Dean remembers the man falling against his chest . . . “No. No. It was a real heart attack. He could hardly stand up.” He checks his pockets again. The money’s still missing.
“It’s cold comfort,” says the porter, “but you’re our fifth since November. Word’s got round. Every hospital and clinic in central London has stopped sending stretchers for anyone called Hopkins. It’s a wild goose chase. There’s never anyone there.”
“But they . . .” Dean feels nauseous. “But they . . .”
“Are you about to say, ‘They didn’t look like pickpockets’?”
Dean was. “How could he’ve known I had money on me?”
“What’d you do if you were going fishing for a nice fat wallet?”
Dean thinks. The bank. “They watched me make the withdrawal. Then they followed me.”
The porter takes a bite of sausage roll. “Hole in one, Sherlock.”
“But . . . most o’ that money was to pay for my guitar, and—” Dean remembers Mrs. Nevitt. “Oh shit. The rest was my rent. How do I pay my rent?”
“You could file a report at the cop shop, but don’t hold your breath. For the Old Bill, Soho’s surrounded by signs saying, ‘Abandon Hope, All Ye Who Enter Here.’ ”
“My landlady’s a bloody Nazi. She’ll turf me out.”
The porter slurps his tea. “Tell her you lost it trying to be a Good Samaritan. Maybe she’ll take pity on you. Who knows?”
Mrs. Nevitt sits by the tall window. The parlor smells of damp and bacon fat. The fireplace looks boarded up. The landlady’s ledger is open on her writing bureau. Her knitting needles click and tap. A chandelier, forever unlit, hangs from the ceiling. The wallpaper’s once-floral pattern has sunk into a jungle gloom. Photographs of Mrs. Nevitt’s three dead husbands glower from their gilt frames. “Morning, Mrs. Nevitt.”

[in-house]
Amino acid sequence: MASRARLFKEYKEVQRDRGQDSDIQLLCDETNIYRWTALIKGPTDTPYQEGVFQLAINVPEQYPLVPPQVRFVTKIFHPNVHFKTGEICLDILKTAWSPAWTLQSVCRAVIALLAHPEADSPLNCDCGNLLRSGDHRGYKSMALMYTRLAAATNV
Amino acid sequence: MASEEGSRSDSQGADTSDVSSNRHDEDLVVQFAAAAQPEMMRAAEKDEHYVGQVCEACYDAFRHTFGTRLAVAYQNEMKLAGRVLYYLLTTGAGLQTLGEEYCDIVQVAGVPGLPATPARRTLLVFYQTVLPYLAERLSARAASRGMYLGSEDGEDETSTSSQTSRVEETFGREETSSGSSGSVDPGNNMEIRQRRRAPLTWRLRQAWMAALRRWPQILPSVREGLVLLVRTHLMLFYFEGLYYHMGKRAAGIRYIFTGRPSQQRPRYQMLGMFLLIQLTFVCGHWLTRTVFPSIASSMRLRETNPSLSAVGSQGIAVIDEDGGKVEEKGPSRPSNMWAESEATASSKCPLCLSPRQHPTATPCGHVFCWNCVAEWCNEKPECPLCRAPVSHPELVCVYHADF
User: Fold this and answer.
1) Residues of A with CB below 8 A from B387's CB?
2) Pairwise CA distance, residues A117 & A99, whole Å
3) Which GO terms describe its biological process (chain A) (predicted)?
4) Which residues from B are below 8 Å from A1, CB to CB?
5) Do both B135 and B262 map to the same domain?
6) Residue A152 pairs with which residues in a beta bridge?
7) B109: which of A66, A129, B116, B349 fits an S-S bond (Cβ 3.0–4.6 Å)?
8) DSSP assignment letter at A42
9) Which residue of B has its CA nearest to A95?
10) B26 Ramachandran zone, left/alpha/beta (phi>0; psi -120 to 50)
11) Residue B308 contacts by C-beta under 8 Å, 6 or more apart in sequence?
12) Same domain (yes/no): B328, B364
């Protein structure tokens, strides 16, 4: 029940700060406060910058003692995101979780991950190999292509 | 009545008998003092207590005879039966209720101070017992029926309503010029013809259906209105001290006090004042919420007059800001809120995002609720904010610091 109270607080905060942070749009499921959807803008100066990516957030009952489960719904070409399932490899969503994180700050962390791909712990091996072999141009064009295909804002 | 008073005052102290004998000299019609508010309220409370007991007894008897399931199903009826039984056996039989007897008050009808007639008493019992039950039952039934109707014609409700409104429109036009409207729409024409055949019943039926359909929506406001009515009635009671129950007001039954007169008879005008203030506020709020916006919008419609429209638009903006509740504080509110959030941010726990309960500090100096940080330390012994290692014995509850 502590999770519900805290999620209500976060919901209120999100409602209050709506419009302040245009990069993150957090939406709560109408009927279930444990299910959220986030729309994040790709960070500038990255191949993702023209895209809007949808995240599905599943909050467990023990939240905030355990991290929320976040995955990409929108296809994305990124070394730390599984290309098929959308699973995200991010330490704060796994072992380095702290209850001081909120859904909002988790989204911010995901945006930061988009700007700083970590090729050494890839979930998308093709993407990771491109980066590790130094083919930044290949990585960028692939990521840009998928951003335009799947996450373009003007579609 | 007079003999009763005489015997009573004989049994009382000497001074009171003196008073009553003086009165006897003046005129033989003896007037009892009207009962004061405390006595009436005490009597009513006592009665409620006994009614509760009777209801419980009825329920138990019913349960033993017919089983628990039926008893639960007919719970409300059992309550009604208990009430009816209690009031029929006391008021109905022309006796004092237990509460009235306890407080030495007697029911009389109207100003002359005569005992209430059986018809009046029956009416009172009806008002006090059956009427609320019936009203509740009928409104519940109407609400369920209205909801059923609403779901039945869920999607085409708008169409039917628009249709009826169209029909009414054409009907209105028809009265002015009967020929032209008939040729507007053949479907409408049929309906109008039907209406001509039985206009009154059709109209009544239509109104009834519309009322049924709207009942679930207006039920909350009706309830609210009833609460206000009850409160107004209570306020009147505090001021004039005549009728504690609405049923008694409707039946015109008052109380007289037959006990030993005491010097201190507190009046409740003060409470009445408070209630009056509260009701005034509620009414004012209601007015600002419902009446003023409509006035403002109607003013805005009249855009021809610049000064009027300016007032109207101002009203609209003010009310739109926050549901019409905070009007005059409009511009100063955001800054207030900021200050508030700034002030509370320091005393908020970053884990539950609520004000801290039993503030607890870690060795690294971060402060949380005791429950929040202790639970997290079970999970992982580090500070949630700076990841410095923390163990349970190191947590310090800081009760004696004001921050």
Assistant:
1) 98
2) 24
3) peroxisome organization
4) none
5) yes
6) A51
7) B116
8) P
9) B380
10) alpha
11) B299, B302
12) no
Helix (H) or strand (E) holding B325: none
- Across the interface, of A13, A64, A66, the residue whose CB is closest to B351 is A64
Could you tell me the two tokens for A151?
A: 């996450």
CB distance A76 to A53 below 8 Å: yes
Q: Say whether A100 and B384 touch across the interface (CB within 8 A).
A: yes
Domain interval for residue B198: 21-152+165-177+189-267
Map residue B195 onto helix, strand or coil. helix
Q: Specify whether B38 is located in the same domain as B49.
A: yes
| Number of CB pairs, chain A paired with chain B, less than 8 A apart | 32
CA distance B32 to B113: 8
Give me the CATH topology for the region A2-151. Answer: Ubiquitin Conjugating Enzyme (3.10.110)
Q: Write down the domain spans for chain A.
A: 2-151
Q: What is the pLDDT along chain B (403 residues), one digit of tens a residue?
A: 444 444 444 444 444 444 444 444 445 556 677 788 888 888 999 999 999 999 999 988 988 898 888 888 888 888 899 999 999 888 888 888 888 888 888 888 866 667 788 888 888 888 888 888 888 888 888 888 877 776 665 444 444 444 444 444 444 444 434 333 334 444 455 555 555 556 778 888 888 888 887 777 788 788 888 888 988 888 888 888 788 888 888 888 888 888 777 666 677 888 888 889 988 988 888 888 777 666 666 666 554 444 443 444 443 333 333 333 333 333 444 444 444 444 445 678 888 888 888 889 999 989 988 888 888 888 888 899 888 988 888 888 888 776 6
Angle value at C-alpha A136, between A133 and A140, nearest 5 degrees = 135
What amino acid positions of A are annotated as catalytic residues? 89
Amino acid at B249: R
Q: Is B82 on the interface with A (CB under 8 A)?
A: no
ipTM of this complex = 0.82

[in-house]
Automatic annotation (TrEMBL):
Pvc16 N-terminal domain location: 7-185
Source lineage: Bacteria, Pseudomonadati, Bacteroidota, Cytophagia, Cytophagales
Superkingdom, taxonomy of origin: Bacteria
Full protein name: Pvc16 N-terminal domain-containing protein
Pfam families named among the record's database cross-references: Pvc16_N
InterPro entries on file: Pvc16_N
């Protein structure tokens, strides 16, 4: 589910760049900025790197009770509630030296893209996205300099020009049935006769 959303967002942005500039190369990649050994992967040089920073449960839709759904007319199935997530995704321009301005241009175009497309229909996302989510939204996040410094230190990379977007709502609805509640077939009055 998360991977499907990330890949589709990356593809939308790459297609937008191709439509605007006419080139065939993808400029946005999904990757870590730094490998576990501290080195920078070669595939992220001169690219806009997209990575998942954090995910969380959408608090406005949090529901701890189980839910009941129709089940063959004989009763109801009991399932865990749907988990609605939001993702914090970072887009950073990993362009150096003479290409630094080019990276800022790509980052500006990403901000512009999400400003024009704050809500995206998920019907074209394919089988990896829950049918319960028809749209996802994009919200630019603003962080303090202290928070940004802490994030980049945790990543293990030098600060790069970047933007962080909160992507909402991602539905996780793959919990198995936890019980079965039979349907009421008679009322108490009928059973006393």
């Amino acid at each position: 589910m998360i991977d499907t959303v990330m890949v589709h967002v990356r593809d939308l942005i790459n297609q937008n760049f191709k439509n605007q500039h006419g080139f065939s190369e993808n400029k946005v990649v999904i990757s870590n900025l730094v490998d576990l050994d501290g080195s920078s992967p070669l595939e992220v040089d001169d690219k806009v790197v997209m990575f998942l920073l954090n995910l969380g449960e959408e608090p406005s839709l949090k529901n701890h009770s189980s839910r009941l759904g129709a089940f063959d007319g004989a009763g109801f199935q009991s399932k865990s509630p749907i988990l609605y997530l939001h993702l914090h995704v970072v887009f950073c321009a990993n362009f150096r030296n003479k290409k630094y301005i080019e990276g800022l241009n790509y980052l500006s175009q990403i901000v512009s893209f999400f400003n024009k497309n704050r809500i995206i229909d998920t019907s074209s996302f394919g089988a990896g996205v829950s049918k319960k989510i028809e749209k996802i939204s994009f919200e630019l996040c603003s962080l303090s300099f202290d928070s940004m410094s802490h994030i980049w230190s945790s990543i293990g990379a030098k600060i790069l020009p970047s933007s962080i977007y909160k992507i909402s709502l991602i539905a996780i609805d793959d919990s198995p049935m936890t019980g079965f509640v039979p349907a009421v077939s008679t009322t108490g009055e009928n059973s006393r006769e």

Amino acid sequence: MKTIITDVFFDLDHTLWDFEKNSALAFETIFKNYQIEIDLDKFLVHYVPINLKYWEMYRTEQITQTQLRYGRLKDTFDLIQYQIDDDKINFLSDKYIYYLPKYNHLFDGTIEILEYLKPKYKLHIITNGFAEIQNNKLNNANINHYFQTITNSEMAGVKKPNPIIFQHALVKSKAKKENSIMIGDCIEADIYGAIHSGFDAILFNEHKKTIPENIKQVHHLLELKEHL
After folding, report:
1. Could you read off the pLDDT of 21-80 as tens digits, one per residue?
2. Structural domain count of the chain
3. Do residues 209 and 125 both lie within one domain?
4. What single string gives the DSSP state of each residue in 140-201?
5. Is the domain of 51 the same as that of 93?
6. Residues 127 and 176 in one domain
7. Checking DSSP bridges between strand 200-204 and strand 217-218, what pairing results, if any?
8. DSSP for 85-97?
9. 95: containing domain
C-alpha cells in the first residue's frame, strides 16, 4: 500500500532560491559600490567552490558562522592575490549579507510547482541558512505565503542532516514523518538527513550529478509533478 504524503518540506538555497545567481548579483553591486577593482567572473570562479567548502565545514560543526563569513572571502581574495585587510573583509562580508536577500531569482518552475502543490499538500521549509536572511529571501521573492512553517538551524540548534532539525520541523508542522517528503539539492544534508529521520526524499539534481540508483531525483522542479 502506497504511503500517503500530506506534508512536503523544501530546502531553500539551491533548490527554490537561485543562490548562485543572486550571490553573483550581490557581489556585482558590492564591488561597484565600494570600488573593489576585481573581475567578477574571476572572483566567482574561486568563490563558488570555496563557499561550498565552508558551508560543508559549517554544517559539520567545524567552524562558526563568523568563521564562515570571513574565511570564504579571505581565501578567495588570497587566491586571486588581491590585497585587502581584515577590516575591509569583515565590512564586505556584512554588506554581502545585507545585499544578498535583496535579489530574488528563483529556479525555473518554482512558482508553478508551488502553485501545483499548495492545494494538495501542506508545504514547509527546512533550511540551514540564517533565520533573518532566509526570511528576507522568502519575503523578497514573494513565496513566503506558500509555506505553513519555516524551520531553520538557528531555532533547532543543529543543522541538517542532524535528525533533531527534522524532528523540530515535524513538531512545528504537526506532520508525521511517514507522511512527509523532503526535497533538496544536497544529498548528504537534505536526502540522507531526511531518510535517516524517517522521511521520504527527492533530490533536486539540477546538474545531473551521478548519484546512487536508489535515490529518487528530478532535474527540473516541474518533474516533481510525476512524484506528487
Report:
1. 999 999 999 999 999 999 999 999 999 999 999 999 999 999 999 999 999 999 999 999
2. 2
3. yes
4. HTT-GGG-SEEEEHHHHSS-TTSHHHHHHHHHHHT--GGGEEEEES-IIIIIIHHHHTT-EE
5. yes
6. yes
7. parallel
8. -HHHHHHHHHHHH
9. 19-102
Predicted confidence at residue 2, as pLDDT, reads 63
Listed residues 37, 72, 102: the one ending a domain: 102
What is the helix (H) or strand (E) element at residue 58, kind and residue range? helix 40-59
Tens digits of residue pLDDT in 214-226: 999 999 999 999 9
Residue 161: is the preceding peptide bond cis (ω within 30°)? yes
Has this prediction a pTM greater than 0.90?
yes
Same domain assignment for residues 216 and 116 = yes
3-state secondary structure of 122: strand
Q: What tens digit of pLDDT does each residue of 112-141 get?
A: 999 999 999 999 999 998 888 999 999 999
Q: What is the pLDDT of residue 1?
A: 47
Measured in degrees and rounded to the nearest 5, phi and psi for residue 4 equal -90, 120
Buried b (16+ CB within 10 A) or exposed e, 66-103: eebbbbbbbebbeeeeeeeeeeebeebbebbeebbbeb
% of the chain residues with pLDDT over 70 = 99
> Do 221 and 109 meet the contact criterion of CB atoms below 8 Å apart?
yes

“Barely, Mr. Moss.”
“Yeah, well, uh . . .” Dean’s throat is dry. “I’ve been robbed.”
The knitting needles stop. “How very unfortunate.”
“Not half. I got out my rent money, but two pickpockets did me over on Denmark Street. They must’ve seen me cash my bank order and followed me. Daylight robbery. Literally.”
“My my my. What a turn-up.”
She thinks I’m spinning her a yarn, thinks Dean.
“More’s the pity,” Mrs. Nevitt continues, “you didn’t persevere at Bretton’s, the Royal Printers. That was a proper position. In a respectable part of town. No ‘muggings’ in Mayfair.”
Bretton’s was indentured cocksuckery, thinks Dean. “Like I told yer, Mrs. Nevitt, Bretton’s didn’t work out.”
“No concern of mine, I’m sure. My concern is rent. Am I to take it you want more time to pay?”
Dean relaxes, a little. “Honest, I’d be ever so grateful.”
David Mitchell is the award-winning and bestselling author of Slade House, The Bone Clocks, The Thousand Autumns of Jacob de Zoet, Black Swan Green, Cloud Atlas, Number9Dream, and Ghostwritten. Twice shortlisted for the Man Booker Prize, Mitchell was named one of the 100 most influential people in the world by Time in 2007. With KA Yoshida, Mitchell translated from the Japanese the internationally bestselling memoir The Reason I Jump. He lives in Ireland with his wife and two children.